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Richmond has shot at landing Amazon's headquarters, CoStar CEO says at VCU real estate conference
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Richmond has shot at landing Amazon's headquarters, CoStar CEO says at VCU real estate conference

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VCU School of Business Dean Ed Grier (left) and CoStar CEO Andrew C. Florance sign an agreement for the CoStar Group Endowed Chair in Real Estate Analytics. Looking on are Laura Kottkamp, executive director of the School of Business Foundation, and Jay Davenport, vice president for development and alumni relations.

Andrew C. Florance sat incognito for the most part in the audience last year of the annual Real Estate Trends Conference hosted by Virginia Commonwealth University, trying to decide whether to relocate the global research headquarters for CoStar Group Inc. to Richmond.

On Thursday, as the lead speaker of the 27th annual conference, Florance told 1,500 people in attendance why the Washington-based commercial real estate and analytics firm chose Richmond as a hub for one of the most innovative and fastest-growing companies in the world.

Florance, CEO and founder of CoStar, was able to check off a lot of boxes for Richmond — quality of life, low crime rates compared to Washington, and lack of traffic congestion — but could it deliver on providing a talented workforce for the research center? Florance, who needed to ramp up quickly, was unsure.

To date, nearly one year later, CoStar has hired 600 employees for its Richmond operations, most from VCU but also from other colleges in Virginia.

“The whole educational system (in Virginia) led us to feel confident to make the call to come here,” said Florance, citing in particular the company’s partnership with the VCU School of Business. “We couldn’t be happier. There’s something in the water at VCU that produces fantastic people for commercial real estate.”

Florance announced at the conference a $2.5 million gift to the VCU School of Business to create the CoStar Group Endowed Chair in Real Estate Analytics. The trends conference was hosted by the VCU Kornblau Real Estate Program.

As Amazon scouts for a second headquarters location, people should not dismiss the Richmond area, Florance said. Also of note, Florance and Jeff Bezos — founder, chairman and CEO of Amazon.com — were lab partners at Princeton University.

“I honestly think you have a shot at Amazon,” Florance said.

Three properties in the Richmond region are among 10 sites that Virginia will pitch next week to Amazon to land the second North American headquarters of the Seattle-based company, according to multiple sources:

  • Tree Hill Farm, a 500-acre property along state Route 5 in eastern Henrico County, near Interstate 295 and Pocahontas Parkway;
  • North Boulevard, more than 60 acres of city-owned land in Richmond that includes The Diamond baseball stadium; and
  • the 160-acre property formerly proposed for Galleria Mall snuggled between Powhite Parkway, Chippenham Parkway and Jahnke Road at Chesterfield County’s border with South Richmond.

Richmond lacks a connectivity to Washington, but the deck is stacked in its favor on other levels, Florance said in general about the city and surrounding area. “Richmond is looking really strong. I think the rest of the country is a little jealous,” he said. “It’s far outperforming in job growth.”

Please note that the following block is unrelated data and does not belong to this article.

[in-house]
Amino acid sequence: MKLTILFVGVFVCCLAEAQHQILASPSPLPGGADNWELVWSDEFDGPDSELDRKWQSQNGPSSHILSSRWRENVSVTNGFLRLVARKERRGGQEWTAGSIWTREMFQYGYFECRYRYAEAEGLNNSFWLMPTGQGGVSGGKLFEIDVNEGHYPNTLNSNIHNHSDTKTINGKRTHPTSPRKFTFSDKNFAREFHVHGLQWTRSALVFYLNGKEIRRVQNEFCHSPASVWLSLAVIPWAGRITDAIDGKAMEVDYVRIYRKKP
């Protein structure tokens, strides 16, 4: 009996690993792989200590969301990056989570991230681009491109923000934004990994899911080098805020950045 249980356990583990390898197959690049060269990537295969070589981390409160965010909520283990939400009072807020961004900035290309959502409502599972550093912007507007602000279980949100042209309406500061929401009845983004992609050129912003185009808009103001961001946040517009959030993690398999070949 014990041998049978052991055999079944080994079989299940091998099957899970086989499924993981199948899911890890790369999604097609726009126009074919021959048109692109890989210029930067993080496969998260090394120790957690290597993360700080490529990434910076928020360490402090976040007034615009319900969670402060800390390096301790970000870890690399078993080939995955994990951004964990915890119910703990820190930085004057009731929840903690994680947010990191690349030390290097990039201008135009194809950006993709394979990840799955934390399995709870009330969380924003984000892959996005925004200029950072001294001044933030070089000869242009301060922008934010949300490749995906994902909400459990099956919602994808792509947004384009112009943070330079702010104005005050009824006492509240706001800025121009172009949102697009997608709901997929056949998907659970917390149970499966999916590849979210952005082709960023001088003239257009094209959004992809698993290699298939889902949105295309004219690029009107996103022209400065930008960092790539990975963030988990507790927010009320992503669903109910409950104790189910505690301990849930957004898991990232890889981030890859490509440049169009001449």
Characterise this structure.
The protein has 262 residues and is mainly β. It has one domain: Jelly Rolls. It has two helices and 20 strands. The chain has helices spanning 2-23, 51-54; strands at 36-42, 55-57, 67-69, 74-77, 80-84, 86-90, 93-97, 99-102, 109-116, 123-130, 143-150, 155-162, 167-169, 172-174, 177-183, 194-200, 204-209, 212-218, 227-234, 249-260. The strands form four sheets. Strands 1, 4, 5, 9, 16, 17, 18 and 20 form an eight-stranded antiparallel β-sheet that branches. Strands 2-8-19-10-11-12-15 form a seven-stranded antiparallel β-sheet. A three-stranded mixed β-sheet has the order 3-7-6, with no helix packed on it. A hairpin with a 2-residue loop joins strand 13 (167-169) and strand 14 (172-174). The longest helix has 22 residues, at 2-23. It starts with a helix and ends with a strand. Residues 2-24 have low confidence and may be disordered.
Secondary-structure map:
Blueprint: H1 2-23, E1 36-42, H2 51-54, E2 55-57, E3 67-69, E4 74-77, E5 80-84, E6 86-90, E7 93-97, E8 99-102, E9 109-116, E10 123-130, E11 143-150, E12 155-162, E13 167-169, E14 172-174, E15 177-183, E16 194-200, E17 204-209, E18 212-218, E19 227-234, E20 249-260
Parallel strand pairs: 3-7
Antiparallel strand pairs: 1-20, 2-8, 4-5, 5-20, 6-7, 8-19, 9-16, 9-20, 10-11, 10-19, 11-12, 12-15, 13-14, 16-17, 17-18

That has resulted in some of the lowest apartment vacancy rates, well below the national average. “We keep hearing that the apartment market is frothy, overbuilt,” Florance said. But the numbers don’t bear that out.

However, most properties being built are for renters who earn more than $75,000 a year, which has led to a shortage of workforce housing here and elsewhere. Also, in the next four years, millennials will reach their peak childbearing years, so the one-bedroom apartments won’t work anymore, he said.

“There are a lot more households being formed than roofs being built,” Florance said. In the Richmond area, the deficit of housing units — whether a single-family home or an apartment — is at least 20,000 units, he said.

“There is an opportunity to meet demand for new housing even this late in the economic expansion,” Florance said.

In 2016, it looked like the country was slipping into a recession. “But we’ve pulled out of that, and things look pretty good. ... These are the good times.”

Typical expansions last two to seven years. The country is in the eighth year. “The reality is we are in a mature economy.”

The country could fall into a recession in the next three years, even though indicators show that the economy for the short term will keep growing, Florance said.

The nation is adding jobs, and wages are rising. The housing market has recovered in most markets. Unemployment is likely to hit a multidecade low. The country is seeing wage growth. The U.S. office market is as solid as it’s ever been, driving vacancy rates to the lowest levels in decades.

One catalyst that could push the country into a recession is the national debt level. Government debt at $20 trillion means the average taxpayer owes $168,000 against that debt, Florance said.

chazard@timesdispatch.com

(804) 775-8023

Staff writer Michael Martz contributed to this report.

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